Wind Wisdom

Day 2 dawned with big north winds whipping the Texas Coast. The 15-25 mph blow will later change to an east-northeast direction; and while these conditions present certain challenges, it’s not all negative.

Starting with the obvious downsides, wind roils open areas and complicates navigation. Tournament waters are bordered by a long stretch of barrier islands, but many have had to traverse waters exposed to a wind blowing right down the pipe.

Those fishing protected areas will see less wind impact. For example, Day-1 leaders Mark Menendez and Ricky Bort returned to a narrow canal far north of the takeoff site. This spot produced their best fish yesterday.

“We beat our brains out for about an hour and 40 minutes,” Menendez said of the initial run. “It wasn’t too bad; we just had to be careful about how we got here.”

Second place Glenn Vann and Thomas Barlow are also working protected areas. They’re hunting schools of reds around oyster bars within a marshy maze.

Others using land masses to fish leeward areas have been able to manage the situation, but some, like Dwayne Eschete and Patrick Walters have embraced the Day-2 wind. Starting the day in fifth, the anglers moved up to third, after Walters boated the day’s biggest fish — a 7-pound, 10-ounce Texas beauty. (Weights unofficial until weigh ins.)

Yesterday, Eschete expressed optimism for today’s stronger winds: “We’re going to be able to cut a lot of drifts, a lot of quick drifts. Today (Day 1) we had 10 mph winds and we were drifting at .5 mph. On Day 2, we’re going to drift at 1.5 to 1.7.

“What that’s going to do is give us more areas to fish in quicker time. It’s going to work out really good for us.”

Chris Zaldain and Ryan Rickard, third on Day 1, are also capitalizing on the day’s complexion. They committed early to a blind casting strategy and playing the wind will only help their game.

“For us, it’s not sight fishing, it’s all casting, which sets us up well for later in the tournament,” Zaldain said at the Day-1 weigh ins. “It sounds like some teams are looking at their fish, but what we’re doing is straight up bass fishing — casting and winding.”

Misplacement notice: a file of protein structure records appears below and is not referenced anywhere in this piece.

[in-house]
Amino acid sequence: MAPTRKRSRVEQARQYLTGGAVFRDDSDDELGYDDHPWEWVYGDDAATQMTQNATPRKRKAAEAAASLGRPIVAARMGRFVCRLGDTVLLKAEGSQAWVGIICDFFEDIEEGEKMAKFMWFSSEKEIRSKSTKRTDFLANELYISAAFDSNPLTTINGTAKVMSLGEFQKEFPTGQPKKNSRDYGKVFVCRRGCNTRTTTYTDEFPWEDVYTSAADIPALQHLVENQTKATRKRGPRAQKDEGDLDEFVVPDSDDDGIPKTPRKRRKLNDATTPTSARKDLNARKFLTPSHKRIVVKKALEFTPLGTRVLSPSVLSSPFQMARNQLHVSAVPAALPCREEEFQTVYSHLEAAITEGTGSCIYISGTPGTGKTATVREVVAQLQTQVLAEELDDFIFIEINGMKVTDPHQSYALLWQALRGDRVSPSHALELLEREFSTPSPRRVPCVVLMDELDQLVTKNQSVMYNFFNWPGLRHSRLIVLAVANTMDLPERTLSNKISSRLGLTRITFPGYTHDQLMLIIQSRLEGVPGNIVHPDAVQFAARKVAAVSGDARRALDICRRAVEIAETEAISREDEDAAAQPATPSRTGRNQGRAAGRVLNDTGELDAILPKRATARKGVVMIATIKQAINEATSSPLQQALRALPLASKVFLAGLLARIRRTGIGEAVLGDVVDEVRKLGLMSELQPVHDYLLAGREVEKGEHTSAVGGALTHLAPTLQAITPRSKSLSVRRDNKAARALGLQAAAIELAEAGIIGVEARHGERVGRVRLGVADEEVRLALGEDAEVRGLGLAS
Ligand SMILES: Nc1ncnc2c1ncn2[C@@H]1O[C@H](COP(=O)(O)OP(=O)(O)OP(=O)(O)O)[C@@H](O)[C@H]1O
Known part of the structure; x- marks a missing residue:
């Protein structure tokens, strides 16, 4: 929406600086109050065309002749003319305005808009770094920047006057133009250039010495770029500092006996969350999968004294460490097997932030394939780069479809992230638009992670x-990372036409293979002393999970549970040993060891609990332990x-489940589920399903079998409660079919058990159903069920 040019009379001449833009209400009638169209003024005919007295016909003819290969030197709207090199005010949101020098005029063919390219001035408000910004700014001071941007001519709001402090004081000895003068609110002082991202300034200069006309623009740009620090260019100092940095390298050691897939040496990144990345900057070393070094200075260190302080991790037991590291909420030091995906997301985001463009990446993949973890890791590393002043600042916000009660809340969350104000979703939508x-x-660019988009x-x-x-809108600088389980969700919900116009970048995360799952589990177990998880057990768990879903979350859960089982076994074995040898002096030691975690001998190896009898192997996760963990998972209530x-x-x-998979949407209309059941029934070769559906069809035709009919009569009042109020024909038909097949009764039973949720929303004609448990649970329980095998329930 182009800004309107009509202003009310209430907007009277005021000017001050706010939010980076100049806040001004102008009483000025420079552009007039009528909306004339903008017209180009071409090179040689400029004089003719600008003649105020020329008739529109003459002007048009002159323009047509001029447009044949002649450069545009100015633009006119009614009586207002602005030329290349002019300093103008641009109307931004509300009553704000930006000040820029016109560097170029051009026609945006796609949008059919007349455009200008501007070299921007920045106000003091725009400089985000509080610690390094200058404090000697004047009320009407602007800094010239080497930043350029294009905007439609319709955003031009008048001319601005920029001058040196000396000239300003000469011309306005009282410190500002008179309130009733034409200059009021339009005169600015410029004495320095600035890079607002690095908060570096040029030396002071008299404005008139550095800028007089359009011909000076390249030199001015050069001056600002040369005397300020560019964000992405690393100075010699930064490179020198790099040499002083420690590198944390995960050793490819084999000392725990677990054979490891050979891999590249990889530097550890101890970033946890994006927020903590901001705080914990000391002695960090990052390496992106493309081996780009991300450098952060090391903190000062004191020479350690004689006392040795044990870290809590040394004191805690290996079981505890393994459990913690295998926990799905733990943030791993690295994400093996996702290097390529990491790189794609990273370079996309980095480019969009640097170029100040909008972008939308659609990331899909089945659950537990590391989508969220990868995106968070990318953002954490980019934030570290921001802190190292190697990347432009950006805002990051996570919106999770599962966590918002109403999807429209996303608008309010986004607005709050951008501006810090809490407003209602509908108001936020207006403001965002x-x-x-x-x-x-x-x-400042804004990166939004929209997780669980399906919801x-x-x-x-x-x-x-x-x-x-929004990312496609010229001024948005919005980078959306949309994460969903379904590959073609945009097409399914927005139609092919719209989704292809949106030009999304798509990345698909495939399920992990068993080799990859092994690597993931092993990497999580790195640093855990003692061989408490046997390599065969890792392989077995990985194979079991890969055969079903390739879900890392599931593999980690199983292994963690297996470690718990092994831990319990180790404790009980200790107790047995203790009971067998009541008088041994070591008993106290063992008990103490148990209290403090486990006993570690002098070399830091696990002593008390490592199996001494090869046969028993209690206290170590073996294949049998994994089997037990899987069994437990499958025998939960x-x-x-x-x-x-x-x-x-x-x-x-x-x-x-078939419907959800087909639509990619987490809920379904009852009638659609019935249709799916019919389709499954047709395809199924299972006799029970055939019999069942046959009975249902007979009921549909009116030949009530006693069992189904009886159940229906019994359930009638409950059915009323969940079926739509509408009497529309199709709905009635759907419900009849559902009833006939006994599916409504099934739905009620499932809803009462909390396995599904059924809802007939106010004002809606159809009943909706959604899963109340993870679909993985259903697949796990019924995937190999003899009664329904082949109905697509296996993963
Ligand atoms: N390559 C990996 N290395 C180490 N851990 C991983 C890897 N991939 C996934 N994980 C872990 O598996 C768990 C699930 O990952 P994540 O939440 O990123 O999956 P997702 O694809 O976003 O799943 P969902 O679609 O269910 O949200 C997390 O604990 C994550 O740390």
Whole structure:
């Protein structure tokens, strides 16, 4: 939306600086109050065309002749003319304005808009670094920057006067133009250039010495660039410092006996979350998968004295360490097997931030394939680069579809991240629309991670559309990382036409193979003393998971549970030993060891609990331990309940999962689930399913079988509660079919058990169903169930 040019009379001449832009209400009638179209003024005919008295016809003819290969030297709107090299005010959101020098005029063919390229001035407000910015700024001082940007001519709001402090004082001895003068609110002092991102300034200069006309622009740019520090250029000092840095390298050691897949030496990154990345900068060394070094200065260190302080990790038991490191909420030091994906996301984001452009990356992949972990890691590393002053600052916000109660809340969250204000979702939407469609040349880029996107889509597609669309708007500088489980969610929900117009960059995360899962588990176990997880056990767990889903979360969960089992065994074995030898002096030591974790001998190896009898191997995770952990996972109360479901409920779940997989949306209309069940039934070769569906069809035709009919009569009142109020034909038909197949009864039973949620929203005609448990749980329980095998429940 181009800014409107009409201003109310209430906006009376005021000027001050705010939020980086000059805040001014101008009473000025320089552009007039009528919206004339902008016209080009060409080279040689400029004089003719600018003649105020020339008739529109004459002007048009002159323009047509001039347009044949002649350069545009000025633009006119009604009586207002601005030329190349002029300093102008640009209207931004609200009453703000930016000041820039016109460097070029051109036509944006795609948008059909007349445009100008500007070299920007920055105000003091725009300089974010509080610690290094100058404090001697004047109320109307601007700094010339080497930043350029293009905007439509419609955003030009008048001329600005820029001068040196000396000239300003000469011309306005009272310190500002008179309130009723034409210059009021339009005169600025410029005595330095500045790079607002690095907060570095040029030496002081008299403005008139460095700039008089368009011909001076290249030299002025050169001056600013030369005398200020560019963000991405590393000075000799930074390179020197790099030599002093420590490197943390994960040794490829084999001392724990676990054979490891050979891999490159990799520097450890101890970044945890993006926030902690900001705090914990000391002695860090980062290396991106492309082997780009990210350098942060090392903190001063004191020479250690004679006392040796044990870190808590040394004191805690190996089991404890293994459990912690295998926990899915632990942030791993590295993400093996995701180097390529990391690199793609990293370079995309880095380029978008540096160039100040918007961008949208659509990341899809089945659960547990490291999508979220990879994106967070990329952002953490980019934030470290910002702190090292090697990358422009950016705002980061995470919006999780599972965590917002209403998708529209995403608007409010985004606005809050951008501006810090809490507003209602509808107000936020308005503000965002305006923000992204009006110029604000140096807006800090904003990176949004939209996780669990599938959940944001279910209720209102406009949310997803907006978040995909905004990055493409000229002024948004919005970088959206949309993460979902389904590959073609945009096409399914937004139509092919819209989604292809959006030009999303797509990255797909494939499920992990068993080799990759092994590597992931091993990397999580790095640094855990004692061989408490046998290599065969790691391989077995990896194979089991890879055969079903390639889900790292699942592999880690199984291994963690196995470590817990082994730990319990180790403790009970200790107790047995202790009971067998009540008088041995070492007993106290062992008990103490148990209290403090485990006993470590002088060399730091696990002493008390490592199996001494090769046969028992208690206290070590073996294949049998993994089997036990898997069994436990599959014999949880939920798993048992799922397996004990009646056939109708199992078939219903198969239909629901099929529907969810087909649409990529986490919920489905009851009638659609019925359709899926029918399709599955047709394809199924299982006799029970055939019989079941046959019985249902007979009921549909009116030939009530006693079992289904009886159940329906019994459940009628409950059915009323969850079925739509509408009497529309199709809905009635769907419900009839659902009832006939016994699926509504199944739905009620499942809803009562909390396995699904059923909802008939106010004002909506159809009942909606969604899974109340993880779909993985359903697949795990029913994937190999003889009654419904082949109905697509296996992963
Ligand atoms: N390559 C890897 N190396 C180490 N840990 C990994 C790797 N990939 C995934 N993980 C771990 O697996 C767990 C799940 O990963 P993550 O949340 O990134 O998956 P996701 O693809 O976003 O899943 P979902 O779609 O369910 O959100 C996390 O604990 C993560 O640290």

This strategy has paid off today, as a late-morning look at RedTrakk shows Zaldain and Rickard have improved to second, after briefly taking the lead with a limit of 10 pounds, 8 ounces.

Water clarity is always important to the redfish game and while blustery conditions can muddy shallow flats, wind and tide will actually move cleaner water into and out of various areas. This point is front-of-mind for teams fishing open areas, but for those who found their primary areas blown out, the day will require flexibility.

Veteran redfish pro Ron Hueston said: “Adjust on the fly. Cover a lot of water and try to make something happen.”

Hueston’s partner, Elite pro Derek Hudnall did just that by tapping into his bass instincts and switching to a ChatterBait. Noting that the bait’s flash and vibration was a good fit for the stirred waters, Hudnall tempted a couple keepers in the first two hours.

Trait Zaldain, who’s fishing with Matt McCabe also boated a pair of 5-pounders with a ChatterBait.

Strategically, windy days benefit anglers working the shallow flats so prevalent to this fishery. Casting downwind is the norm and a stiff wind at your back really stretches those presentations.

Not only does this allow you to reach wary fish you may not have reached in calm conditions, it also helps conceal your presence by lessening the “pressure wake” of a drifting boat’s water displacement.

When targeting requires a tough cast, heavier, streamlined baits like jigs and spoons thrown on braided line knife through the blow. Today, Zaldain upsized his spoon for greater wind penetration.

One thing to note is that windy days tend to curtail recreational boat traffic. That could bode well for competitors who may experience less intrusion than a calmer weekend typically brings.

It will be interesting to see how the day’s conditions impact the final leaderboard. Safe to say that those who excel will be the ones who best manage the day’s conditions.